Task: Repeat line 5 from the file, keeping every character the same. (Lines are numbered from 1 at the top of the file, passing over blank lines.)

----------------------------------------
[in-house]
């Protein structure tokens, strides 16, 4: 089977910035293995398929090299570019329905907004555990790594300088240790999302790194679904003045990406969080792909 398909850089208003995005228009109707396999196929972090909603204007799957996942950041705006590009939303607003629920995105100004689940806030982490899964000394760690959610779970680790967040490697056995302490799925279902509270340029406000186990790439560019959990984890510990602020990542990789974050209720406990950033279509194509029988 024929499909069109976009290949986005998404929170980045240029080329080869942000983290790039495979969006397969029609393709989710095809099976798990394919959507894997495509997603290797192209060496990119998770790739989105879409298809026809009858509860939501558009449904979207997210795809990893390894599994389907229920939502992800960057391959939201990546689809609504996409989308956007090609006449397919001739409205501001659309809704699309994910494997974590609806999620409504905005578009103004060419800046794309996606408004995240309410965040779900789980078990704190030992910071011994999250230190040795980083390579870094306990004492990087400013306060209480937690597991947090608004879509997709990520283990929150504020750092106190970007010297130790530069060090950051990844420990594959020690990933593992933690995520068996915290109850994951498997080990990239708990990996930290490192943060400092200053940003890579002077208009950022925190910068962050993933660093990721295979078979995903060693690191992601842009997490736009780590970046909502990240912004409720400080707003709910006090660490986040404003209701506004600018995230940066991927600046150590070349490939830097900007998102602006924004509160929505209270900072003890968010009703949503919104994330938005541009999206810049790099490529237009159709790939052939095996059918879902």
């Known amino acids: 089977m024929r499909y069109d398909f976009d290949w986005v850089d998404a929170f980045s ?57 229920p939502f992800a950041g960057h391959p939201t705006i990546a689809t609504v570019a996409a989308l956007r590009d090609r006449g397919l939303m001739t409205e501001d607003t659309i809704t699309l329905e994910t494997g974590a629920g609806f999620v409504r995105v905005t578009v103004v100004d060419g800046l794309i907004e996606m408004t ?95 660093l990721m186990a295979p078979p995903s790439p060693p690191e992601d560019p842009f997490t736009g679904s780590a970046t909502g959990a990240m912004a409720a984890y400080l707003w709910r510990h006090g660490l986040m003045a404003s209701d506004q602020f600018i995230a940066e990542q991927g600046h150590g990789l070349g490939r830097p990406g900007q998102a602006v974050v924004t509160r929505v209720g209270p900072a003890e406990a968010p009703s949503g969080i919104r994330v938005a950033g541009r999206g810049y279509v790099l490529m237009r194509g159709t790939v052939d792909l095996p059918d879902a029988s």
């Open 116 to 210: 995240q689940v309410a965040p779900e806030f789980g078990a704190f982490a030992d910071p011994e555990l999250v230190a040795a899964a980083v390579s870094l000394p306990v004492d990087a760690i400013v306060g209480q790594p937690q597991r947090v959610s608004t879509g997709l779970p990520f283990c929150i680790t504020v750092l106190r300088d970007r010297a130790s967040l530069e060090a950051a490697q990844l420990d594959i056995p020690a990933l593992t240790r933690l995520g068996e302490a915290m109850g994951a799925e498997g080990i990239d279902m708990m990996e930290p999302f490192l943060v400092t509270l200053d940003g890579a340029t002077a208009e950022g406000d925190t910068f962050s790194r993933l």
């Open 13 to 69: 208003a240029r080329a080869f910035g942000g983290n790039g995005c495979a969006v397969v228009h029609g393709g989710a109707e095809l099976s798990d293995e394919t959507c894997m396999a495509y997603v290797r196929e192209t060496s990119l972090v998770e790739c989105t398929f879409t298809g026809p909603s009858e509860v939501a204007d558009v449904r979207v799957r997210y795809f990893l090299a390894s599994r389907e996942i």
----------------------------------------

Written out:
């Open 13 to 69: 208003a240029r080329a080869f910035g942000g983290n790039g995005c495979a969006v397969v228009h029609g393709g989710a109707e095809l099976s798990d293995e394919t959507c894997m396999a495509y997603v290797r196929e192209t060496s990119l972090v998770e790739c989105t398929f879409t298809g026809p909603s009858e509860v939501a204007d558009v449904r979207v799957r997210y795809f990893l090299a390894s599994r389907e996942i």